Exercise Variety is the Spice of Life

If you think about all the movements your body does everyday, you should be quite impressed with what it accomplishes. The twisting, turning, bending, lunging, reaching stepping, carrying, etc., are all minor miracles in and of themselves. All those movements are occurring with multiple body parts working together in 3-dimensional space. Your body thrives with that kind of variety.

All too often in the exercise world, we wait until our mind becomes bored with an exercise. When in reality, if the mind is bored now the body was bored a long time ago. That is because classic fitness progressions typically revolve around either:

• increasing the resistance (i.e. weight)
• increasing the sets and/or reps
• increasing the duration or intensity

These are legitimate methods of further challenging a group of muscles to work harder than they are currently working with a given movement. Another variable for progressions that is usually forgotten about is the way we can challenge our motor system or the “software” of our body. One of the best ways to accomplish this is to introduce a variety of movements to the body that the body is not familiar with. When we do this, we can continually challenge the three main components of movement:

1. The mechanical (muscle force, direction of force)
2. The physiological (energy systems, fat burning, nutrients, etc.)
3. The neurological (the motor system and feedback systems)

An example of this is the lunge. The traditional lunge is done by stepping out with one foot in front of the body=sagittal plane. This is a great functional exercise. Yet the lunge has endless possibilities when we start to incorporate other dimensions in space.For example, stepping out to the side or in the frontal plane challenges our three components of movement distinctly differently than the sagittal plane lunge. In fact, having the toes point either forward or in the direction of the lunge would also create a different response in the body. The same is true for a rotational lunge in the transverse plane. Even changing the orientation of our upper body changes the exercise. For example, if you lunge with your torso vertical, the percentage of work done by your quadriceps is greater than if you lunge with your upper body leaning forward. The forward upper body position decreases quadriceps activity but significantly increases the work done by the gluteus maximus (buttocks).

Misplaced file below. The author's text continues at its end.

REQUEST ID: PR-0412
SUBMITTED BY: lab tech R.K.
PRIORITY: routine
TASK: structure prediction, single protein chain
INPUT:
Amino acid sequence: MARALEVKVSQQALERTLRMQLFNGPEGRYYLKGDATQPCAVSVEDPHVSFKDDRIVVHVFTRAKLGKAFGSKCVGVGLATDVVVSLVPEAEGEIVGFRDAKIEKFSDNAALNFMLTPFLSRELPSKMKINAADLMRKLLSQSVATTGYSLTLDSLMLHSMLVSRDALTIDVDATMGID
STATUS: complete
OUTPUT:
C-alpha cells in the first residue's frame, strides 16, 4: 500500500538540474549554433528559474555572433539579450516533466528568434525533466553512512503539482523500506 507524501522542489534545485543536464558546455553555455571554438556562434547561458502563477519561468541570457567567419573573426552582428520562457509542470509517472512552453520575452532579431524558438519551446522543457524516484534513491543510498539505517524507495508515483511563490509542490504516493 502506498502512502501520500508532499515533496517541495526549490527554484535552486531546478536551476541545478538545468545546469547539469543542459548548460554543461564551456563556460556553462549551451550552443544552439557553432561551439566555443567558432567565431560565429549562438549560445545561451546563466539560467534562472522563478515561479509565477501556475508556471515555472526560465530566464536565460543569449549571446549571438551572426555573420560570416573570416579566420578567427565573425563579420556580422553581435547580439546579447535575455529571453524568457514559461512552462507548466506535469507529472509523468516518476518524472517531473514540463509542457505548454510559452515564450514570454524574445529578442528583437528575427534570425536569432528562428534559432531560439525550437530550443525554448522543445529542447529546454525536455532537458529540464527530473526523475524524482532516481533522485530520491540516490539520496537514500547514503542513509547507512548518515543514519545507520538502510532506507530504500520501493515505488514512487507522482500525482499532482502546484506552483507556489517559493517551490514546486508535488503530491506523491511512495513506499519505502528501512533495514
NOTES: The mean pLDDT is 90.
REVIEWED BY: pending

Frontal Plane Lunge

When changing our movements frequently, the motor system has to adapt and learn to figure out the synergy to complete it. Initially, the body works harder as it uses more effort while figuring things out. Working harder means using more energy and therefore burning more calories.

If the body uses more effort in the beginning, than just the opposite is true if we do an exercise for too long. The body gets too efficient and is no longer challenged. This is improved efficiency is of tremendous value when training for sport or work related responsibilities. But if your goal is to improve your physical fitness, then spice up your workouts with ongoing variety.

Doing the same exercises for weeks or worse months on end is like driving around the fitness center parking lot for 20:00 minutes trying to get the spot closest to the door so you can go in and walk on the treadmill for 30:00. What’s the point?

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